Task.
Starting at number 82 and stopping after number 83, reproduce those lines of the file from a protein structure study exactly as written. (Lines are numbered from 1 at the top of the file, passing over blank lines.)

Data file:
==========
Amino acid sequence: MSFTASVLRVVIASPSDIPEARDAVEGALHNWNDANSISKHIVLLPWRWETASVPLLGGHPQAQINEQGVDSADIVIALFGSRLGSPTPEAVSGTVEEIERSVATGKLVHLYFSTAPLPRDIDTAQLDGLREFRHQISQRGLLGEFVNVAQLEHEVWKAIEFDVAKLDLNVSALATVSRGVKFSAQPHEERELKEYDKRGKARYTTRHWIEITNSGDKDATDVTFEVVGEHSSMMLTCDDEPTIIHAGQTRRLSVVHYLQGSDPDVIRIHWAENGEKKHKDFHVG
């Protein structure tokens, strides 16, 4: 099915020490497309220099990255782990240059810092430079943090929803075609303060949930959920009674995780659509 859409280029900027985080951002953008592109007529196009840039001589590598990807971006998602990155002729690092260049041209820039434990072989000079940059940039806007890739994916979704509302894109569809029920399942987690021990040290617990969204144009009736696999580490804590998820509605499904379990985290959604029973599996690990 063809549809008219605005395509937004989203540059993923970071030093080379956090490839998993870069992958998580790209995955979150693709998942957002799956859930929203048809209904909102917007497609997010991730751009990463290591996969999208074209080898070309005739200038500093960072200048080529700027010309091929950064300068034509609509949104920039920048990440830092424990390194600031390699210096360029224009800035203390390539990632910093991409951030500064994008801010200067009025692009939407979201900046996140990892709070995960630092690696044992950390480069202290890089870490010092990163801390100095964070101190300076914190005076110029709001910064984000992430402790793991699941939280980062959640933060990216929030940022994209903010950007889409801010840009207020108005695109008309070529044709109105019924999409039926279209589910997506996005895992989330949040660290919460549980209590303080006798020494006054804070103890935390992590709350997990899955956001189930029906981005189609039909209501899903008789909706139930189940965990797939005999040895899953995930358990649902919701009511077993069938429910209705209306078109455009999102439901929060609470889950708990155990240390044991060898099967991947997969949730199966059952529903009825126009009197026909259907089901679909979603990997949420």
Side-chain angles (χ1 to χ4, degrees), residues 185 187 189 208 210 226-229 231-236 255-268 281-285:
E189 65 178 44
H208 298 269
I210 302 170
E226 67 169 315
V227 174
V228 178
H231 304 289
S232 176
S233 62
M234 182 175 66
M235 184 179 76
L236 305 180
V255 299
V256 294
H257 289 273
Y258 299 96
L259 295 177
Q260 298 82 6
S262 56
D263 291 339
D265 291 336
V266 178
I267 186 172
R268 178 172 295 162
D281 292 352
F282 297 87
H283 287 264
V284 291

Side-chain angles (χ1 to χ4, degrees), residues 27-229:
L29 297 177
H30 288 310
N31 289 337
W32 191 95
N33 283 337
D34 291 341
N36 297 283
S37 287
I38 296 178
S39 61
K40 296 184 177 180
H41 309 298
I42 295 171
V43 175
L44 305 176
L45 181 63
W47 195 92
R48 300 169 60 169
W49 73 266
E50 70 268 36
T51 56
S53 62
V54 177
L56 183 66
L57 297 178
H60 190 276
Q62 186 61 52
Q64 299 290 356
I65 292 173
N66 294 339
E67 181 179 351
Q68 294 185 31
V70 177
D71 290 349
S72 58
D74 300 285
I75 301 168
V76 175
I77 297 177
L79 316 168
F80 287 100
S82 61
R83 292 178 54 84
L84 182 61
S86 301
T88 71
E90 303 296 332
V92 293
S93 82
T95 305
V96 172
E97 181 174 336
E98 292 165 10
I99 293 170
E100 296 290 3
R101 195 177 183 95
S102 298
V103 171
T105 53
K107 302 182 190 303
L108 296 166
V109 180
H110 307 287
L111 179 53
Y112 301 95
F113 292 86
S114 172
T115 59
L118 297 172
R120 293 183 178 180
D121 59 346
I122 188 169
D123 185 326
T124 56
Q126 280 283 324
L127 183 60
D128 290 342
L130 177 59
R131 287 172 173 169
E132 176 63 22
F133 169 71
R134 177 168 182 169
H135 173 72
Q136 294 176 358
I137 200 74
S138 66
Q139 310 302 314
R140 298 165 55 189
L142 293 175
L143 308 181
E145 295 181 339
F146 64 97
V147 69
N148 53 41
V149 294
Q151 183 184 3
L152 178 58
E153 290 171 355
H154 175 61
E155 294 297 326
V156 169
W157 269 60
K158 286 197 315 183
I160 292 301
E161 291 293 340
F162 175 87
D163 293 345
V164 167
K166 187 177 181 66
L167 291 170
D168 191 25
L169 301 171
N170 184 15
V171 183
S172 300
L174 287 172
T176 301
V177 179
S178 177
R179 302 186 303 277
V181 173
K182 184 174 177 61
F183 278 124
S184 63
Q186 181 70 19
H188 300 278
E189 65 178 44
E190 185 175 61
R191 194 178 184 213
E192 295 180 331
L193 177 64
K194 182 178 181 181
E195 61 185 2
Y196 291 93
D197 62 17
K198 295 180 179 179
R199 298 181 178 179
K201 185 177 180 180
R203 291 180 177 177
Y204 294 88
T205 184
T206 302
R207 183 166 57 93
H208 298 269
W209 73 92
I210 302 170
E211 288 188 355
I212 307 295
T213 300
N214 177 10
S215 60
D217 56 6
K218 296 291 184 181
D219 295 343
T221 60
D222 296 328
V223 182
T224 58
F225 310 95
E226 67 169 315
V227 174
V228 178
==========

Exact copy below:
T95 305
V96 172